1. Their reality. Jesus knew the difference between a disease and a demon. Illness can sometimes look like demonisation (and vice-versa), but illnesses do not speak to those about to heal them! Nor do they possess supernatural knowledge! Just as their are good angels, so there are disobedient angels. These are demons, and their leader is Satan. The reality of demons, although not obvious to many Western Christians, is heavily documented in the literature of missions and revivals. And, in our own day, there would seem to be something more that superstition involved in at least some instances of astrology, ouija, fortune-telling, spiritism, witchcraft, and Satanism.
2. Their character. They are ‘unclean’. They are full of impurity and evil. To be demonised is an ugly caricature of what it means to be filled with the Holy Spirit. See 2 Cor 11:14.
3. Their activity. It is clear from Scripture that demons vary in their character and activities. A hierarchy of power is suggested by the phrase ‘principalities and powers’. Although it is true that ‘the whole world is in the power of the evil one (1 Jn 5:19), and human structures can be penetrated by Satan’s malign influence, sometimes, a demon can so control a vulnerable person that he is said to be ‘possessed by a demon’, or ‘demonised’. Demons seem to be particularly active in cultures as yet untouched by the gospel, and to be provoked by the coming of Christ – either in person, or in his gospel. Demonised people sometimes have unusual strength or abilities. They can mimic some of the gifts of the Holy Spirit such as tongues-speaking and healing.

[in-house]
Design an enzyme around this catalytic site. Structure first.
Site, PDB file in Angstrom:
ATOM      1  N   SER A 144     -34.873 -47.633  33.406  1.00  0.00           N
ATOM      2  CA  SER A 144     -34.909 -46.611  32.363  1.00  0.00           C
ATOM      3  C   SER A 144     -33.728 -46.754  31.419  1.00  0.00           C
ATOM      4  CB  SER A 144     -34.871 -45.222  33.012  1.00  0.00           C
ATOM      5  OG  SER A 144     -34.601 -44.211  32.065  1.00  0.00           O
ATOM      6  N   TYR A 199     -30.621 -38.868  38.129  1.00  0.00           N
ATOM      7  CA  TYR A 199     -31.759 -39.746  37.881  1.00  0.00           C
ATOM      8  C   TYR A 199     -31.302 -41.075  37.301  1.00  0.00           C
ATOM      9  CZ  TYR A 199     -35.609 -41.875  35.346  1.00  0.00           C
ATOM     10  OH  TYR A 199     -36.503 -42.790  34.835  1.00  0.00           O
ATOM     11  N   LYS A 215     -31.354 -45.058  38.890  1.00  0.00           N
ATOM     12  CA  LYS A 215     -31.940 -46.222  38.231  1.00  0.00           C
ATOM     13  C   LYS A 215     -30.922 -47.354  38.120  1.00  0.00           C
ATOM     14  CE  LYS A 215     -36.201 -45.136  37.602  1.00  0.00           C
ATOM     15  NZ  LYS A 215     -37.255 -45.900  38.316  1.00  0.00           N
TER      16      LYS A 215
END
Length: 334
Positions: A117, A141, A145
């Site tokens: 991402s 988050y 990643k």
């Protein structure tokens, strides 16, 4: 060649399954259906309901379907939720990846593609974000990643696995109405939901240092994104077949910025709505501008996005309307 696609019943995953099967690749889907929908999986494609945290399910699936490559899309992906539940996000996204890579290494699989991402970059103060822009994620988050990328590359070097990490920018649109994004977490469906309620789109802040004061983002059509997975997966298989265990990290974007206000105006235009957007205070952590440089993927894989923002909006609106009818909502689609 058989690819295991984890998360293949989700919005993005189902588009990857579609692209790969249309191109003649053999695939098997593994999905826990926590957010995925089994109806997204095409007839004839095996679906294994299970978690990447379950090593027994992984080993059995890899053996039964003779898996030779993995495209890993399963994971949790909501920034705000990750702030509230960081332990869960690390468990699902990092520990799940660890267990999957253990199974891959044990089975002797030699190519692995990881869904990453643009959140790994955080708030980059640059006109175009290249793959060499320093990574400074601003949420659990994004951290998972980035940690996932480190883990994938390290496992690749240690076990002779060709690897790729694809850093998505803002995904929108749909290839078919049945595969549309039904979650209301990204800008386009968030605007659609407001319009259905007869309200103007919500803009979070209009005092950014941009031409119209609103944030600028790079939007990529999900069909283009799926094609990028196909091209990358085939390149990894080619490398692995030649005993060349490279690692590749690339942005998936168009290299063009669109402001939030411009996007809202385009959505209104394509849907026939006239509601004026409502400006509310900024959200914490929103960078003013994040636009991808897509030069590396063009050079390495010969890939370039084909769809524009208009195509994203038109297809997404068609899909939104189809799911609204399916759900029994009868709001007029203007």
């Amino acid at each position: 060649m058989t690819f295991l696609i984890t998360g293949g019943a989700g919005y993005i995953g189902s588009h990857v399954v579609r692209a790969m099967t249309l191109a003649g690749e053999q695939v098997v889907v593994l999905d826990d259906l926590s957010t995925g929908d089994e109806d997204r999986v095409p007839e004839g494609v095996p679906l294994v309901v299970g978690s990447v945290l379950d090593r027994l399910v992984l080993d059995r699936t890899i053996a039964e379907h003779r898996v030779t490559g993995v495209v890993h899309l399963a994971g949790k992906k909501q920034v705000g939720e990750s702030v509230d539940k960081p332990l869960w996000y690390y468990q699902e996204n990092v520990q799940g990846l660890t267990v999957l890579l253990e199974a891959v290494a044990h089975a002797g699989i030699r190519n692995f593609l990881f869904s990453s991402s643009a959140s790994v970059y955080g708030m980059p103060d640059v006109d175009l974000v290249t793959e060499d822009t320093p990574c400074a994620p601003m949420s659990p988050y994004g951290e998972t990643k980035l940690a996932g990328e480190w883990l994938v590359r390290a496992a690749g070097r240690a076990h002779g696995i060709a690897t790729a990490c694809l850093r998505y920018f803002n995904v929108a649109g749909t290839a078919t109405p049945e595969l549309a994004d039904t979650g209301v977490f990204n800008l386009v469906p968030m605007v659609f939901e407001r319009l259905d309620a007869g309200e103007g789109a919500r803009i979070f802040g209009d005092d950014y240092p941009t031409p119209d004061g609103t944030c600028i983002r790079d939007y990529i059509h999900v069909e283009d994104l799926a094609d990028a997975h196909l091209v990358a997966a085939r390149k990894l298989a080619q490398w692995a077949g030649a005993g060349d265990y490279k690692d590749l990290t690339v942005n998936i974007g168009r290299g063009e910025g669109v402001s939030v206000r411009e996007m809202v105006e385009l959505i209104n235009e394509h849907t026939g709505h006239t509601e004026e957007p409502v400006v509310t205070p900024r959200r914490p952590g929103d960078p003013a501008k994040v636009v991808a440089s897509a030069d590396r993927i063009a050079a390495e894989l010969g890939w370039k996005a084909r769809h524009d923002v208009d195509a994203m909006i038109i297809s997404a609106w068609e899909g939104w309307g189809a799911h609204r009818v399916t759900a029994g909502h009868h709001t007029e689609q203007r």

4. Their knowledge. Demons, evil as they are, are not atheists, as many people claim to be. They know Christ, and are terrified of him, James 2:19.
5. Their conqueror. When Christ speaks, demons must obey. He refuses to accept the testimony of a demon. The method and effectiveness of his deliverance is in marked contrast to ordinary exorcists. They use magical charms and incantations, but he uses a simple authoritative word. Their deliverance is temporary, making room for re-possession later, but his is permanent, replacing the evil spirit with the Holy Spirit, and a life of unhappiness, confusion and destructiveness with a life of love, joy and peace. See Mt 25:41; 1 Pet 3:22; 1 Jn 3:8.
6. Their end. Geldenhuys notes that a final demonic onslaught may be expected at the end of the age in the Antichrist and his followers (2 Thess 2:9; Rev 13:2ff; 17:8ff. ‘But then also Christ will triumph and finally put and end to the evil one and all his powers of darkness (Rev 17:14)